How I was able to turn wonder into work

My urge to explore stories through play was how I spent my childhood. Me and my three pig-tail-laden sisters weren’t allowed much TV and we certainly weren’t allowed to roam the mean streets of Cricket Drive like most of the neighborhood (and much cooler) kids. So, we were left with each other and our imaginations to pass long summer days. My older sister quickly traded in our games for books finding reading far more stimulating than our crazy ideas on how to transform the playroom into a restaurant donning full color meals drawn on pieces of paper. So my younger Irish twin of a sister bore the brunt of my imagination, for better or worse.

I owe my imagination, in part, to Little House on the Prairie

One day it was a restaurant, the next a library. House was always a big one … Little House to be exact. Business, travel agent, school, newspaper office. Anything we saw on TV or read about in a book (where I would get maybe one chapter in before wanting to “play out” the story and create my own ending).

“Suffice it to say, I was a serial player.”

Take a trip down memory lane with this trailer:

Suffice it to say, I was a serial player. Even the smallest idea could become a week’s worth of time passing play.

Sometimes we had props, sometimes costumes, sometimes we made our baby sister the “baby” if the story called for the role. I refused to succumb to boredom and genuinely enjoyed every second of playing. I wouldn’t trade my childhood imagination in for anything. In hindsight, I am super grateful it set me on this path where I’ve found a way to turn wonder into work.

How I brought the idea of play, into work

Fast forward to present day and I am sitting in a room with my business partner and friend along with a talented group of consultants discussing our company’s rebrand. For any of you out there that have ever worked on or been through a rebrand, it’s a fascinating process (at least for me). When it’s something precious or personal (like your small business) it can be emotional, exciting, uncomfortable, uplifting, revealing and reassuring. Choosing the right words to represent all your hopes and dreams for a place you have invested all your time, money and passion into can be daunting. It definitely is daunting. But for us, and for myself especially, the cornerstone of our mission came back to the one thing that has always made me happy and fulfilled; Play.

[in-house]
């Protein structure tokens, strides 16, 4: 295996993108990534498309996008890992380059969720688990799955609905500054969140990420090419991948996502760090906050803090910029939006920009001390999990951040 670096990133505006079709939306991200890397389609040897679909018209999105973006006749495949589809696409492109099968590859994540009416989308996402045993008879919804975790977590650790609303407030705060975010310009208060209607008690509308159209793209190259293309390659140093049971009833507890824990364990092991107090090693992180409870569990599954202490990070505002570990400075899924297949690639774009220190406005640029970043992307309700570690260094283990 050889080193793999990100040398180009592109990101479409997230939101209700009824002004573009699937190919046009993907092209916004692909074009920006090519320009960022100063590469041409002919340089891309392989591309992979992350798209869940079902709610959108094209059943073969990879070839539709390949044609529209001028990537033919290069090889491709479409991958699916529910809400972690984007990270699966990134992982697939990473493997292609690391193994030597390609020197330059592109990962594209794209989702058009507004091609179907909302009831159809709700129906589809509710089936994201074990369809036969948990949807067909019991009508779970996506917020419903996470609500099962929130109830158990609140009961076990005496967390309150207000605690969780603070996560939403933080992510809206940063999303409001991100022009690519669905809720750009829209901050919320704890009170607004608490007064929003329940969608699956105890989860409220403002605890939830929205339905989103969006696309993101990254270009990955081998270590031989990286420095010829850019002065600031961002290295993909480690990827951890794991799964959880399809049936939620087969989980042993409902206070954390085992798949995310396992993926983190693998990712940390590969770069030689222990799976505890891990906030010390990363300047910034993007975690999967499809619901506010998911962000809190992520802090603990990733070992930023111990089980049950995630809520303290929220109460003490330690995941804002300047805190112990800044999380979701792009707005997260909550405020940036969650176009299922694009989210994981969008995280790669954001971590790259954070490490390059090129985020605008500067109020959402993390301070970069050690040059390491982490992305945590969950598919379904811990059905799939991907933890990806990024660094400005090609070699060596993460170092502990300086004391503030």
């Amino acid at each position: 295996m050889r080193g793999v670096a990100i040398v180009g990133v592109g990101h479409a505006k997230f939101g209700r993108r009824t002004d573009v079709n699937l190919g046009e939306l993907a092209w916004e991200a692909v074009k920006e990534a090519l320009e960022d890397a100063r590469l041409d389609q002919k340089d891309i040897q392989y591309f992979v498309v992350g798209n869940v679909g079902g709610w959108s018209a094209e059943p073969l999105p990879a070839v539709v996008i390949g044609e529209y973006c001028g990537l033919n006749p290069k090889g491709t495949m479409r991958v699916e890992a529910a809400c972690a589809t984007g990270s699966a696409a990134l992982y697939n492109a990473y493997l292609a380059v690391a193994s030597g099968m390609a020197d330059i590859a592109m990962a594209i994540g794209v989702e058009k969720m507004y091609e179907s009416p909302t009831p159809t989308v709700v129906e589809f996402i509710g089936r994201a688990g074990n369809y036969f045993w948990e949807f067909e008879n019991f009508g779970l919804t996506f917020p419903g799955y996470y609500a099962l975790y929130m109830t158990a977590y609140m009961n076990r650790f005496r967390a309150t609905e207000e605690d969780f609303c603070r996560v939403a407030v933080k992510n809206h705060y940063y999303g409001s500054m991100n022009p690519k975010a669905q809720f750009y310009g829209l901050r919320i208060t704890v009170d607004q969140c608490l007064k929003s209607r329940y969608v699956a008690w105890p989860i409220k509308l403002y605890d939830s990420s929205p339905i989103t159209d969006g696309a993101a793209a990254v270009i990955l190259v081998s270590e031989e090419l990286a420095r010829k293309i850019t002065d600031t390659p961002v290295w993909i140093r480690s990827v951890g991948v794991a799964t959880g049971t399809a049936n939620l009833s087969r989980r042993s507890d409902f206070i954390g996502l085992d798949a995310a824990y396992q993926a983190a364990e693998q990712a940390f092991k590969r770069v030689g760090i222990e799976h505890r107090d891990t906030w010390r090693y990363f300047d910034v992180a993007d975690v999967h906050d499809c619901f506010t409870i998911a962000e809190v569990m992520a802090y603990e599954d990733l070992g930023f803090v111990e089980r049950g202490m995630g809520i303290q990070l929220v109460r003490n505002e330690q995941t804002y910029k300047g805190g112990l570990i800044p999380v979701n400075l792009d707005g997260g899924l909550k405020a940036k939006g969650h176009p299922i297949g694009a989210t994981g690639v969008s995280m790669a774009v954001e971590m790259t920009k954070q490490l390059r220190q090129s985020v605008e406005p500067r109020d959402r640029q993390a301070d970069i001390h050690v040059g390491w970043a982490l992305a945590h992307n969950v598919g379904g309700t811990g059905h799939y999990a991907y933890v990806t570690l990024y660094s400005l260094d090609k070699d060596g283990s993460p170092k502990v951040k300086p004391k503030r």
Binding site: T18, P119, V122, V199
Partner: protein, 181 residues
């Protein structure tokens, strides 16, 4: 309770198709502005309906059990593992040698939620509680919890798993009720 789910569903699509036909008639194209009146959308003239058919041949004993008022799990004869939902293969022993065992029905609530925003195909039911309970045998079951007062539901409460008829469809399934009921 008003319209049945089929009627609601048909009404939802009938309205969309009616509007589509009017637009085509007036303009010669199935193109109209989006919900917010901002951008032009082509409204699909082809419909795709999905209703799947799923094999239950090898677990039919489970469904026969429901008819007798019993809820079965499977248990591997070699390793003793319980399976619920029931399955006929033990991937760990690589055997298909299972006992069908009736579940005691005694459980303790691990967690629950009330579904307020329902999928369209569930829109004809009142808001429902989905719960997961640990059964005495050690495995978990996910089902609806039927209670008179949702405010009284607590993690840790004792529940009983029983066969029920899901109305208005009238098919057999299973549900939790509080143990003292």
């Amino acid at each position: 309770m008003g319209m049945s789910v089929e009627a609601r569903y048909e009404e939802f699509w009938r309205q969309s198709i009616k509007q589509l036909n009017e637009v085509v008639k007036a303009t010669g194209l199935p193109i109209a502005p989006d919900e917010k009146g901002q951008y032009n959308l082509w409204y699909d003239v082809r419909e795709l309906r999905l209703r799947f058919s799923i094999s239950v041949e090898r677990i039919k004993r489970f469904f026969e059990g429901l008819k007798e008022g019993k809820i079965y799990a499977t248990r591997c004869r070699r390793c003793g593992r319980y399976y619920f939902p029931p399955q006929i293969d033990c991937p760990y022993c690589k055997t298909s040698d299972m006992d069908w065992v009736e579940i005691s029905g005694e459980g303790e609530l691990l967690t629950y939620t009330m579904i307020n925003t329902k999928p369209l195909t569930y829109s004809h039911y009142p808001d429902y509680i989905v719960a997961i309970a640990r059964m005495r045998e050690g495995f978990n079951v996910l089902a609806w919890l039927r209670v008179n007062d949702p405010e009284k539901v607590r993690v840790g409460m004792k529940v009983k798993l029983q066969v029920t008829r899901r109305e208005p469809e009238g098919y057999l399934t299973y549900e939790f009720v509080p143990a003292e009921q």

“Choosing the right words to represent all your hopes and dreams for a place you have invested all your time, money and passion into can be daunting.”

And that spirit is really what’s at the heart of our mantra, “Creating the best work. Having the best time.” Creating things for a living is what we wanted to do for our life. Not as a job … FOR OUR LIFE. And when we’re unleashed on the creative process, we have a good time. Some would say, we’re having the best time ; )

What the science of play says about creativity, childlike wonder, and problem solving

We have all been told in a brainstorm to let go and “think like a kid.” That a child-like imagination keeps us fresh and our minds open to possibility. And this makes sense as kids spend a majority of their time in non-reality. They are entrenched in imaginative play. Even the great Albert Einstein knows what I’m saying:

“To stimulate creativity, one must develop the childlike inclination for play.”

Albert Einstein

Yet once we’re adults it’s totally natural for it to be assumed that most of us aren’t capable of the same creative thoughts 5 year olds just naturally possess. But why?

I recently read this article that quoted a Dr. Stephanie Carlson who studied pre-school aged children to see if their immersion in non-reality was getting in the way of developing self-control. “Dr. Carlson’s conclusion is that practice in pretending helps you come up with alternative ways of being – and of seeing an issue – and results in more creativity and better problem-solving.” The bottom line being that pretending helps you come up with more creative and better ways of problem-solving. But as we age, we think more and play less. If thinking in a non-real realm is so valuable, why do we let this skill wane over time? 

“Pretending helps you come up with more creative and better ways of problem-solving.”

Dr Carlson again provides a few possible reasons, the first being simple lack of practice. She explains that as we mature and force our attention to logic, reason and facts we spend more of our brain power in reality over imagination. The second reason being our fear of being judged. Children aren’t as preoccupied with worrying whether they are wrong (boy, do I know it). But as we mature, we quickly learn that being wrong has negative consequences. And leaning on facts and research grounded in reality help us mitigate the risks of being wrong. 

We take less chances. 

We stifle our wonder and curiosity and trade it in for safety and acceptance. But if you embrace curiosity, if you accept that failure is an essential part of the learning process- you may flourish. You may reconnect with your childlike wonder at the world and grow until your last breath. When you are curious, you open your mind and embrace the unknown. You can willingly explore. And you will think in an entirely new way free of judgement.

Now where did I put that bonnet?

This post was written by Heather Roymans


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